Vice President Joe Biden paid homage Friday to his friend and former colleague, former U.S. Sen. Ernest “Fritz” Hollings, during a program that opened the new Hollings Special Collections Library at the University of South Carolina and doubled as an extended tribute to the 88-year-old retired senator.
Biden, who served with Hollings for 32 years in the U.S. Senate, said his former colleague is the most important political figure that South Carolina has produced.
Biden also credited Hollings for helping him reach the vice presidency. Hollings is “more responsible for my standing at this podium as vice president than any man alive. That is literally true. That is not hyperbole. That is literally true.”
Friday’s program offered up a mix of serious tributes to Hollings and big helpings of what easily could have passed as a comedy routine.
Consider Hollings’ response to the vice president: Paraphrasing Biden, who was caught on tape earlier this year uttering an expletive during a bill-signing ceremony in Washington, Hollings said having the special collections library named in his honor is “a big bleepin’ deal.’”
The $18 million, 50,000-square foot special collections library will house the papers of Hollings and other top S.C. political figures, many of whom were on hand Friday to hear Biden and Hollings launch into occasionally meandering, but pointed remarks that left many in the audience of 1,240 guffawing.
USC President Harris Pastides got the laughs started by relaying a story about how Hollings argued in favor of building the National Advocacy Center at USC instead of in Myrtle Beach.
“The senator said, ‘Hell no, they’ll spend all their time on the golf course!’” Pastides said, imitating some of the former senator’s bombast before reverting to his own even, college president tone. “Thank you, senator, for your very eloquent advocacy on our behalf.”
Pastides gave way to U.S. Rep. Jim Clyburn, D-Columbia, whose job was to introduce Biden, known for his foreign policy expertise, his long tenure in the Senate – and for occasionally stuffing his foot into his mouth.
Clyburn introduced Biden as “bright, articulate, clean,” the same description Biden gave, in 2008, of then-presidential candidate Barack Obama in what was seen by some at the time as a backhanded, racist comment.
But Friday, with that black man as president and with Biden at his side as vice president, the audience was free to laugh. And they did.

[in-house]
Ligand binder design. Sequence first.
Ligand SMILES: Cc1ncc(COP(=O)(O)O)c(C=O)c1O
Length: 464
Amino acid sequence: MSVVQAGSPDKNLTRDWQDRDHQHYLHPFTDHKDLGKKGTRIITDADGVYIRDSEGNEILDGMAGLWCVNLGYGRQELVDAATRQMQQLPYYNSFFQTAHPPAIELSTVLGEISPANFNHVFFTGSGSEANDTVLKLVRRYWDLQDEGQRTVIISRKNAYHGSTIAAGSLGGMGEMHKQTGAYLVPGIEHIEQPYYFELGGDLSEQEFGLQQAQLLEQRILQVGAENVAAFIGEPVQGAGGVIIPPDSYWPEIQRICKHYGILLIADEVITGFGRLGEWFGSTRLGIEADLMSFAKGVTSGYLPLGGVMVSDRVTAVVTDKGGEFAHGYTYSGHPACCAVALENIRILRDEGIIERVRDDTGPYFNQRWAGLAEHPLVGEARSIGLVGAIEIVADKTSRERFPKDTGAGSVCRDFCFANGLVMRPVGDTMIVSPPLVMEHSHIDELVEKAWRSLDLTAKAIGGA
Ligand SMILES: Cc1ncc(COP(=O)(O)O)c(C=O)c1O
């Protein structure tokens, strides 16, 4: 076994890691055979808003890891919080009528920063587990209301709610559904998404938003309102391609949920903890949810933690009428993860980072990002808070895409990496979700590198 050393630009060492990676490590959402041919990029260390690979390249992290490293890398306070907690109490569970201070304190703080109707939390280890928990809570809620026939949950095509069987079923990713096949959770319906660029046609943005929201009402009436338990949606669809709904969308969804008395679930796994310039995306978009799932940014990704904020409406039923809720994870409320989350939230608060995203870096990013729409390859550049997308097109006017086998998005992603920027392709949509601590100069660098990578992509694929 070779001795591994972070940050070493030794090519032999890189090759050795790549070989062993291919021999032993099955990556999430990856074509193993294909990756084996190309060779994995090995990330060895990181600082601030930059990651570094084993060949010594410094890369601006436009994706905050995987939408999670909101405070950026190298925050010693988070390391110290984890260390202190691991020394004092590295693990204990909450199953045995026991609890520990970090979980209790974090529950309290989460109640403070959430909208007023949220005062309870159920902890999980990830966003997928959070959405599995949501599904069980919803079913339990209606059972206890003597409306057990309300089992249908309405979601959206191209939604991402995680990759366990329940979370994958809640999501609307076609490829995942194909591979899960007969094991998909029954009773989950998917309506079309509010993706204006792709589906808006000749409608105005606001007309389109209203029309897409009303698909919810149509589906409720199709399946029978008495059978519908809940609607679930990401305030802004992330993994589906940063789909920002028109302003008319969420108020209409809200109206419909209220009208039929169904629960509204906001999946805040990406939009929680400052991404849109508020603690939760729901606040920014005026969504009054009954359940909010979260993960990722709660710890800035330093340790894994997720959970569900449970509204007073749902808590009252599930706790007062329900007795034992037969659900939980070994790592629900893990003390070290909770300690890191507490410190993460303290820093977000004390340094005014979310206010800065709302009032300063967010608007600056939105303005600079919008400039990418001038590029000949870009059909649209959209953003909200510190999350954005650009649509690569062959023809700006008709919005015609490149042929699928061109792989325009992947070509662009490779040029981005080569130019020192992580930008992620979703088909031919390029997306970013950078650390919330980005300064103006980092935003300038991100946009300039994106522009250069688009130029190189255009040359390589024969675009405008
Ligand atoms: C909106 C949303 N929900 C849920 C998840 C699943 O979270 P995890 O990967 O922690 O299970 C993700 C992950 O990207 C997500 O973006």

Biden quoted poetry and told old political stories in praise of Hollings, who retired to South Carolina in 2005 but still reached out to his former colleague on those frequent occasions when something in Washington got under his skin.
In the years before he left the Senate to become vice president, Biden said he often would pick up the phone and hear his former colleague’s Charleston drawl. “Damn Joe!” Biden said in his own imitation of Hollings. “What in the hell are you doing?”
Biden said he misses the constructive criticism and guidance he often got from Hollings. And he admired his reverence for South Carolina.
“There was an Irish poet, James Joyce, who famously said, ‘When I die, Dublin will be written on my heart,’” Biden said. “I think I can say without fear of contradiction, 50 years from now, when this man dies, South Carolina will be written on his heart.”
Biden, noting his Irish ancestry, reached for another Irish literary luminary to sum up his remarks: “William Butler Yeats once said, ‘Think where a man’s glory begins and ends. And say I know where it was – that I had such friends.’ ”
Biden’s quote was not a word-for-word replication of Yeats, but the audience got the point, as did Hollings.
The former senator then drew laughs, expressed some exasperation with Obama, with the budget deficit and with the failures of U.S. trade policies. But he happily accepted the verbal bouquets thrown his way by the vice president.
“We don’t have to have any speech at the funeral,” Hollings said. “All they gotta do is just play the Biden tape. I’m gon’ play it every otha day.”